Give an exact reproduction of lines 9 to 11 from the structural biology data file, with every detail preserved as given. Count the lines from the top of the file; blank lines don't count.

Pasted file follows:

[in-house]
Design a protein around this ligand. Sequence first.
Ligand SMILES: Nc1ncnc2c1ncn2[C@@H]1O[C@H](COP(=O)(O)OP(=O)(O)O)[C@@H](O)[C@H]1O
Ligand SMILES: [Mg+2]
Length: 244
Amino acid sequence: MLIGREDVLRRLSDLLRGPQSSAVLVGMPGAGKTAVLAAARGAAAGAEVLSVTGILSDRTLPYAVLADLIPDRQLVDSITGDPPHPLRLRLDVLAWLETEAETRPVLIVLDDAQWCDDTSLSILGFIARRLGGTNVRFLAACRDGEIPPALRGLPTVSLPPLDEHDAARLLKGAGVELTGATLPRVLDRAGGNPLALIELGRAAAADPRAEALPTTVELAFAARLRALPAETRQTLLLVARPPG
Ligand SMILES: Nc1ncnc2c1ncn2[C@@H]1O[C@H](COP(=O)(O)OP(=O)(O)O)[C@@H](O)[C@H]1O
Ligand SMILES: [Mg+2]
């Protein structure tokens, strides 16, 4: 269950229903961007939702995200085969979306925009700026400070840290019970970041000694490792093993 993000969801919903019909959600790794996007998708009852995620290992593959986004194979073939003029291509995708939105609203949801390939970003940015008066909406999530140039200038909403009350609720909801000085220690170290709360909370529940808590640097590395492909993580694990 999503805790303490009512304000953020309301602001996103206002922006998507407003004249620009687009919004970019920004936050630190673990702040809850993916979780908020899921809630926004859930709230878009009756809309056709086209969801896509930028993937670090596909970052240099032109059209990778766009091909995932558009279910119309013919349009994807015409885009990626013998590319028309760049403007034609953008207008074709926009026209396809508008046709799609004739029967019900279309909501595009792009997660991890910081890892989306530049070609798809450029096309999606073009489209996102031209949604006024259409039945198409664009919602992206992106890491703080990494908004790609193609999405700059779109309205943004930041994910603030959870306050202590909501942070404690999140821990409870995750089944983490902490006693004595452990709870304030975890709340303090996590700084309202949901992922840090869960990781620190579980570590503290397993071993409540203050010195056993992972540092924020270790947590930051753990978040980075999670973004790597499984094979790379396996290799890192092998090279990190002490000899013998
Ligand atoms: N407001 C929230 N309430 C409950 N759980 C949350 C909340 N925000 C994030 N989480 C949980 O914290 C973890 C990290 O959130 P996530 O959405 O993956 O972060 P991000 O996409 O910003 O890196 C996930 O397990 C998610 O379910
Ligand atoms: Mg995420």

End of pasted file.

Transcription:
């Protein structure tokens, strides 16, 4: 269950229903961007939702995200085969979306925009700026400070840290019970970041000694490792093993 993000969801919903019909959600790794996007998708009852995620290992593959986004194979073939003029291509995708939105609203949801390939970003940015008066909406999530140039200038909403009350609720909801000085220690170290709360909370529940808590640097590395492909993580694990 999503805790303490009512304000953020309301602001996103206002922006998507407003004249620009687009919004970019920004936050630190673990702040809850993916979780908020899921809630926004859930709230878009009756809309056709086209969801896509930028993937670090596909970052240099032109059209990778766009091909995932558009279910119309013919349009994807015409885009990626013998590319028309760049403007034609953008207008074709926009026209396809508008046709799609004739029967019900279309909501595009792009997660991890910081890892989306530049070609798809450029096309999606073009489209996102031209949604006024259409039945198409664009919602992206992106890491703080990494908004790609193609999405700059779109309205943004930041994910603030959870306050202590909501942070404690999140821990409870995750089944983490902490006693004595452990709870304030975890709340303090996590700084309202949901992922840090869960990781620190579980570590503290397993071993409540203050010195056993992972540092924020270790947590930051753990978040980075999670973004790597499984094979790379396996290799890192092998090279990190002490000899013998
Ligand atoms: N407001 C929230 N309430 C409950 N759980 C949350 C909340 N925000 C994030 N989480 C949980 O914290 C973890 C990290 O959130 P996530 O959405 O993956 O972060 P991000 O996409 O910003 O890196 C996930 O397990 C998610 O379910
Ligand atoms: Mg995420």